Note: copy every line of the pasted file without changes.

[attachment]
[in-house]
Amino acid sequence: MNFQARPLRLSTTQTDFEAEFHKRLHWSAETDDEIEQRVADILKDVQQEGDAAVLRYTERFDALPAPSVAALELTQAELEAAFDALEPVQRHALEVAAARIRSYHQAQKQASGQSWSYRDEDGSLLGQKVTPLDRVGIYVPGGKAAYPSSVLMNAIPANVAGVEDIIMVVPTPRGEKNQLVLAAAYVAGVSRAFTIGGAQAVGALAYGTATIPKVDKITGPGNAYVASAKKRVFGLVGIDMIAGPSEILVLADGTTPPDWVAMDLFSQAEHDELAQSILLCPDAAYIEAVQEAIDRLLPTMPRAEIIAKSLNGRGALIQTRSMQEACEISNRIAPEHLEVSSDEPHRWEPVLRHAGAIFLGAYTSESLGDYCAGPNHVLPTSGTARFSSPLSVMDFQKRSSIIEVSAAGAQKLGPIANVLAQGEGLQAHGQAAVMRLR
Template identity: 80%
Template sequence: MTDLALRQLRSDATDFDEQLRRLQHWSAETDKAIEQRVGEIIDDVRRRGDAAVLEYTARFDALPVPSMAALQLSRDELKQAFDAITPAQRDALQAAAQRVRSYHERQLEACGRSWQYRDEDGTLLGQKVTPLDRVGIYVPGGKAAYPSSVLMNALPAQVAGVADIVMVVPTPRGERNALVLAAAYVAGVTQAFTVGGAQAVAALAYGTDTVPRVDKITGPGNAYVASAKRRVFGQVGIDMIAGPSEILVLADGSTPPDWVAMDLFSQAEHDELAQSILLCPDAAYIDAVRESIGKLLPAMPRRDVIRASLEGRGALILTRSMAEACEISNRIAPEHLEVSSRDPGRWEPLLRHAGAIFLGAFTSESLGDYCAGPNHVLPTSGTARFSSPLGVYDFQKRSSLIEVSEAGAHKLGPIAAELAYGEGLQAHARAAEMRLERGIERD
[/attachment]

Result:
[in-house]
Amino acid sequence: MNFQARPLRLSTTQTDFEAEFHKRLHWSAETDDEIEQRVADILKDVQQEGDAAVLRYTERFDALPAPSVAALELTQAELEAAFDALEPVQRHALEVAAARIRSYHQAQKQASGQSWSYRDEDGSLLGQKVTPLDRVGIYVPGGKAAYPSSVLMNAIPANVAGVEDIIMVVPTPRGEKNQLVLAAAYVAGVSRAFTIGGAQAVGALAYGTATIPKVDKITGPGNAYVASAKKRVFGLVGIDMIAGPSEILVLADGTTPPDWVAMDLFSQAEHDELAQSILLCPDAAYIEAVQEAIDRLLPTMPRAEIIAKSLNGRGALIQTRSMQEACEISNRIAPEHLEVSSDEPHRWEPVLRHAGAIFLGAYTSESLGDYCAGPNHVLPTSGTARFSSPLSVMDFQKRSSIIEVSAAGAQKLGPIANVLAQGEGLQAHGQAAVMRLR
Template identity: 80%
Template sequence: MTDLALRQLRSDATDFDEQLRRLQHWSAETDKAIEQRVGEIIDDVRRRGDAAVLEYTARFDALPVPSMAALQLSRDELKQAFDAITPAQRDALQAAAQRVRSYHERQLEACGRSWQYRDEDGTLLGQKVTPLDRVGIYVPGGKAAYPSSVLMNALPAQVAGVADIVMVVPTPRGERNALVLAAAYVAGVTQAFTVGGAQAVAALAYGTDTVPRVDKITGPGNAYVASAKRRVFGQVGIDMIAGPSEILVLADGSTPPDWVAMDLFSQAEHDELAQSILLCPDAAYIDAVRESIGKLLPAMPRRDVIRASLEGRGALILTRSMAEACEISNRIAPEHLEVSSRDPGRWEPLLRHAGAIFLGAFTSESLGDYCAGPNHVLPTSGTARFSSPLGVYDFQKRSSLIEVSEAGAHKLGPIAAELAYGEGLQAHARAAEMRLERGIERD